Review – Tamron 70-300mm lens

Recently I bought a Canon EOS 450D from Jessops. They were running a bundle deal, and it came with a Canon 18-55mm lens and a Tamron 70-300mm lens.

The long zoom was quite an important aspect to me, since I had upgraded from a Fuji S9600, with a huge range in focal lengths.

I’ve now owned the camera for a couple of weeks and I’ve had a chance to play with it a bit. Of course a fortnight isn’t nearly enough time to fully understand everything about a complicated device such as a DSLR, but I’ve tried a few things with it.

This review in particular is about the Tamron lens.

Obviously you don’t expect wonders from the cheapest lens in its class, but I am still quite disappointed. The S9600 was a jack of all trades (and master of none) and showed weaknesses at both ends of its range of focal lengths. That said, the whole camera cost around £200 and can now be bought for significantly less than £200. I think that represents fantastic value for money. During my 23-month ownership of it, I’ve taken about 10,000 photos. On average, that’s more than one every two hours!

Given that the Tamron lens on its own costs almost as much as the entire Fuji camera, I had hoped for significantly better images. Never mind.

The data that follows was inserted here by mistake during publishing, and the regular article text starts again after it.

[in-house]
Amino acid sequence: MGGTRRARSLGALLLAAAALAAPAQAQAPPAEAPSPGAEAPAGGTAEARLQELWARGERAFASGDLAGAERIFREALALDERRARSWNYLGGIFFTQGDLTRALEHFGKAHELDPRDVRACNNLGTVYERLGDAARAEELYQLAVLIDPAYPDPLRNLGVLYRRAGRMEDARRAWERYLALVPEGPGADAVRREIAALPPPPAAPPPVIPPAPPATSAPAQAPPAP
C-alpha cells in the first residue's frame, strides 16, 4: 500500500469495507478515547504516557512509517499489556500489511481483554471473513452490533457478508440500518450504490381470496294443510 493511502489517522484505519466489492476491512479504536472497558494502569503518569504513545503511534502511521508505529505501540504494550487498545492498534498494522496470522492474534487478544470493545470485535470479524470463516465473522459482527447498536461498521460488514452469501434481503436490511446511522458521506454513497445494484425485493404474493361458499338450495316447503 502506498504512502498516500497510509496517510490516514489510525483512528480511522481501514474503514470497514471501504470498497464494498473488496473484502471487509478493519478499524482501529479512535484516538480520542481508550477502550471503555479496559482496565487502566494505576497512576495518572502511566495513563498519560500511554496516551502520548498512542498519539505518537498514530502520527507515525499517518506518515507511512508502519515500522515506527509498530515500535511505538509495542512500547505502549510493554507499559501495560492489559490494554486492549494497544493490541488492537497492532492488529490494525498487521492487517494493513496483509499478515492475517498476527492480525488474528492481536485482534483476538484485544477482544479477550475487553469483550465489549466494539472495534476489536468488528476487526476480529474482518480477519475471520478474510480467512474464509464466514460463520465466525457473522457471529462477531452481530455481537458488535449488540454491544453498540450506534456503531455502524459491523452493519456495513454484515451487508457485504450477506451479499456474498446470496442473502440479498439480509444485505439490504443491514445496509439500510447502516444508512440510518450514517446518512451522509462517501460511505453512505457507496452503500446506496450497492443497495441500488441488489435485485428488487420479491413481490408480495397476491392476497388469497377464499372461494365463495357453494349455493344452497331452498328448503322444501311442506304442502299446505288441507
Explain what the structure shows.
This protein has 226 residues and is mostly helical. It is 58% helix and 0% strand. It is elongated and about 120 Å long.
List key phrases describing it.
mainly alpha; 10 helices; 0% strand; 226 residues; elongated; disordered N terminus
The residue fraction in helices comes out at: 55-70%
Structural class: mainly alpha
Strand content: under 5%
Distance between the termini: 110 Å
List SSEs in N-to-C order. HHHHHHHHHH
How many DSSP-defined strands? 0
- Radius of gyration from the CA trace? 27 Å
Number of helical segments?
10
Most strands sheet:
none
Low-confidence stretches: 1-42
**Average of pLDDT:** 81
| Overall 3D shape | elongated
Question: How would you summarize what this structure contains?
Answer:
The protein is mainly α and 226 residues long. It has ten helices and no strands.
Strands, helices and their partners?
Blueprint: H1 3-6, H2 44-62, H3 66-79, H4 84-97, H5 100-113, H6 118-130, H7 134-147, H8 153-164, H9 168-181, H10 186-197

At the shorter focal lengths, it’s OK. Nothing to write home about, but it’s fine. I took these self portraits at a focal length of 70mm and they seem OK.

But when you start to zoom in, the problems get worse. Some of this should have been obvious from reading the box – its largest aperture at 300mm is f/5.6, which is pretty slow. To make matters worse, there is no image stabilisation. You can’t complain about this – it says it on the box and if you want a fast lens, you have to pay more for it.

But I wasn’t at all pleased with the optical quality at 300mm. Take, for example, this photo of some distant horses. The first photo is the full image, and the second one has been cropped to show detail. Neither photo has had any other editing.

Horses in Hartshill
Horses in Hartshill

The first thing you might see is that the focus is very soft. It wasn’t camera shake because the sun was out and I used a tripod. The autofocus just seems to struggle at long focal lengths.

But then look at the chromatic aberration around the white horses. It makes the image look pretty terrible.

I also tried taking some photos of the moon last night, also at 300mm. As before with the horses, it couldn’t autofocus properly. The low light conditions made it much worse and the image was so blurry that there was no definiton on the surface of the moon.